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Published: Friday, 4/22/2005

Nugent might not go in first, but he'll go fast

BY DAVE HACKENBERG
BLADE SPORTS WRITER

The odds are not in Mike Nugent's favor.

Since 1960, only five kicking specialists have been selected by NFL teams in the first round of the college draft.

The last time it happened, in 2000, the Oakland Raiders justified their selection of Florida State's Sebastian Janikowski by saying he was among the top offensive talents, based on point production, available in the draft.

The team that takes Ohio State's Nugent in this weekend's draft, regardless of round, will be able to say the same.

Nugent converted on 24 straight field goals as a sophomore, helping lead the Buckeyes to the national championship, then capped his career last season by making 20 of 23 attempts. One of them was a 55-yard game-winner against Marshall that would have been good from 60, maybe even 65 yards.

He's the coolest, calmest customer in the kicking game and figures to have a long career in the NFL.

It is unlikely that Nugent, winner of the Lou Groza Award as the nation's premier college kicker last season, will hear his name called during tomorrow's first round, but it would not be unprecedented.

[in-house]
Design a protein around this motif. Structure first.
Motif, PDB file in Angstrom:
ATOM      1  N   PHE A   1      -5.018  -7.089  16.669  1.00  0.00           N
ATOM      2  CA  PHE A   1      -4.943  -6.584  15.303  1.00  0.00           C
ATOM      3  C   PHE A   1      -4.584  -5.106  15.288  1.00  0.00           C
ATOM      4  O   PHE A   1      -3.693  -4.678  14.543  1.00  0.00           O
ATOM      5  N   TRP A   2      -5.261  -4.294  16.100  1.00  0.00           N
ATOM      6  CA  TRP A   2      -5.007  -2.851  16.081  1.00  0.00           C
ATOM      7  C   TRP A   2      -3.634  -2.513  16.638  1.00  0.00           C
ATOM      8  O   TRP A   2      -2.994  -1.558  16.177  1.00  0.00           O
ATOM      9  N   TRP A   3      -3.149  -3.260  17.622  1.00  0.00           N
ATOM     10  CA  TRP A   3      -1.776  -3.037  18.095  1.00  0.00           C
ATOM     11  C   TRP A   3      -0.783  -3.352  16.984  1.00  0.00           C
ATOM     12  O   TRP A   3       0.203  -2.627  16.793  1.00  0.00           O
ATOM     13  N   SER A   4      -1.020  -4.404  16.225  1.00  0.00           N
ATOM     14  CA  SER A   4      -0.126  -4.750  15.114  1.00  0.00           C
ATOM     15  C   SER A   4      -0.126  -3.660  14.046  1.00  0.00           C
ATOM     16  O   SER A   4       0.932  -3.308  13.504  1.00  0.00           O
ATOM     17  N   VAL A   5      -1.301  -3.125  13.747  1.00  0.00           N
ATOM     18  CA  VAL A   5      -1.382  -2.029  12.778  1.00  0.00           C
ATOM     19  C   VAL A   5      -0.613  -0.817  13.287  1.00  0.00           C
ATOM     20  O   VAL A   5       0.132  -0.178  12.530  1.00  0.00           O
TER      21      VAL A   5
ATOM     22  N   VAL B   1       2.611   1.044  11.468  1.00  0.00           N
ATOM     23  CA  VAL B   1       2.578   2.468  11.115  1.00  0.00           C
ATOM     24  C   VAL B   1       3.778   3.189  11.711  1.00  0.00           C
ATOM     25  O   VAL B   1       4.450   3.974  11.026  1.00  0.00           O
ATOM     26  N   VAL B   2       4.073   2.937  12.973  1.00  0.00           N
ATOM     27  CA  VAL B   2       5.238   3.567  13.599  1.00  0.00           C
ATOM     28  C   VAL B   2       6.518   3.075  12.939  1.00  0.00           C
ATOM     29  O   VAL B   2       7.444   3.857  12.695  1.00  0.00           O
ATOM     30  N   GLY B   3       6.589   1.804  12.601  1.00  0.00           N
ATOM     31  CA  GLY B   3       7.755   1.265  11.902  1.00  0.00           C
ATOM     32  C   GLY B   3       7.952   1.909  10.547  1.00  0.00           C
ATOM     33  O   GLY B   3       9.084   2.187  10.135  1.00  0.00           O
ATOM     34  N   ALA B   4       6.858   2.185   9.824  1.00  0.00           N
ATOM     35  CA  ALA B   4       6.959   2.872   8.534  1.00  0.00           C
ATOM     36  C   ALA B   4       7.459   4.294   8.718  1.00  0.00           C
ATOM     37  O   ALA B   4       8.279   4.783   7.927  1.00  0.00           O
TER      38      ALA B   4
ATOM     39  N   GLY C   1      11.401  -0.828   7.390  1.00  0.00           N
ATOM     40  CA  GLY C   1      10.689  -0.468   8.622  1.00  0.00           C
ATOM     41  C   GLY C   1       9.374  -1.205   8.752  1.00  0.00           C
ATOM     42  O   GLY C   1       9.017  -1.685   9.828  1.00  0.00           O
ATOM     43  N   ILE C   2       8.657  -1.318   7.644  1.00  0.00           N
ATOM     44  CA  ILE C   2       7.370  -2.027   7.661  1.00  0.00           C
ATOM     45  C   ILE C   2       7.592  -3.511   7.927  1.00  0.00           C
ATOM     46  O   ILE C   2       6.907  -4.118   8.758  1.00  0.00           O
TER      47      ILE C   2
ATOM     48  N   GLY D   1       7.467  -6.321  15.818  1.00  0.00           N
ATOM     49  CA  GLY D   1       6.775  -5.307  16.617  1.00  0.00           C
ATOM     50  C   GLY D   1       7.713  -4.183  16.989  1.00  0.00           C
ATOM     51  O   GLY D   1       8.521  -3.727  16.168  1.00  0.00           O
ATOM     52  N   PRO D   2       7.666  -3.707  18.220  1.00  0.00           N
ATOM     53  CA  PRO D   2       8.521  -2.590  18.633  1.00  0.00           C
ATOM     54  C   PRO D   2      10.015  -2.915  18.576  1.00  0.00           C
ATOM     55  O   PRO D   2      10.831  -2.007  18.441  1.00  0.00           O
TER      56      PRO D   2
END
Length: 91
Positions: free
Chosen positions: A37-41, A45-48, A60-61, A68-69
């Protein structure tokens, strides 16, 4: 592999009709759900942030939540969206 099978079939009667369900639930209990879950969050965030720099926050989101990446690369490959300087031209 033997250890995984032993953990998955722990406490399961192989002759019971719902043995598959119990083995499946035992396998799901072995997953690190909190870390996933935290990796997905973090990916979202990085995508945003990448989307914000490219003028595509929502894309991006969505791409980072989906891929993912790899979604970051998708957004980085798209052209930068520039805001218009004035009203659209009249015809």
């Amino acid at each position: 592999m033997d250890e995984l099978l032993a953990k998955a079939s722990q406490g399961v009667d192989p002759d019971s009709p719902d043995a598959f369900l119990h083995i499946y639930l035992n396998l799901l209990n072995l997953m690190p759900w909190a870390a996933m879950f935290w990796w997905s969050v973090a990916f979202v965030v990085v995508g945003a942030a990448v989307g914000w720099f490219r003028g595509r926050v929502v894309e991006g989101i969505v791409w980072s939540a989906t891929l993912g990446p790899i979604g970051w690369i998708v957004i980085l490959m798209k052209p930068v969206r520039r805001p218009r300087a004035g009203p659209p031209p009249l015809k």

The Washington Redskins made kicker Charlie Gogolak of Princeton their first-round pick in 1966, the Raiders took punter Ray Guy from Southern Mississippi in 1973, and the St. Louis Cardinals made Arkansas kicker Steve Little their top pick in 1978. A year later, New Orleans took Russell Erxleben, a combination kicker-punter from Texas, in the first round.

Nugent is poised to have the same type of impact in the NFL as has Janikowski, who has made good on 71 of 93 field-goal attempts (79 percent) and has converted on 166 of 167 PATs during his five years in the league.

You almost surely will not hear his name called during this weekend's draft - and you might not recognize it if it were - but there's a University of Toledo kicking-game specialist who coach Tom Amstutz feels should have a solid NFL career.

During UT's recent pro day workout, a good number of the 18 NFL scouts on hand watched intently as long snapper Michael Heuer accurately zipped one hard, perfect spiral after another to his holder.

"Why hasn't anybody ever heard of him?" Amstutz said. "In the kicking game, about the only time you ever hear a name is when somebody screws up. With Michael, there's never been anything to talk about. He never had a bad snap in three years."

The 6-3, 250-pound Heuer, who came to UT as a walk-on from Macedonia, Ohio, will likely get his chance in the NFL as an undrafted free agent.



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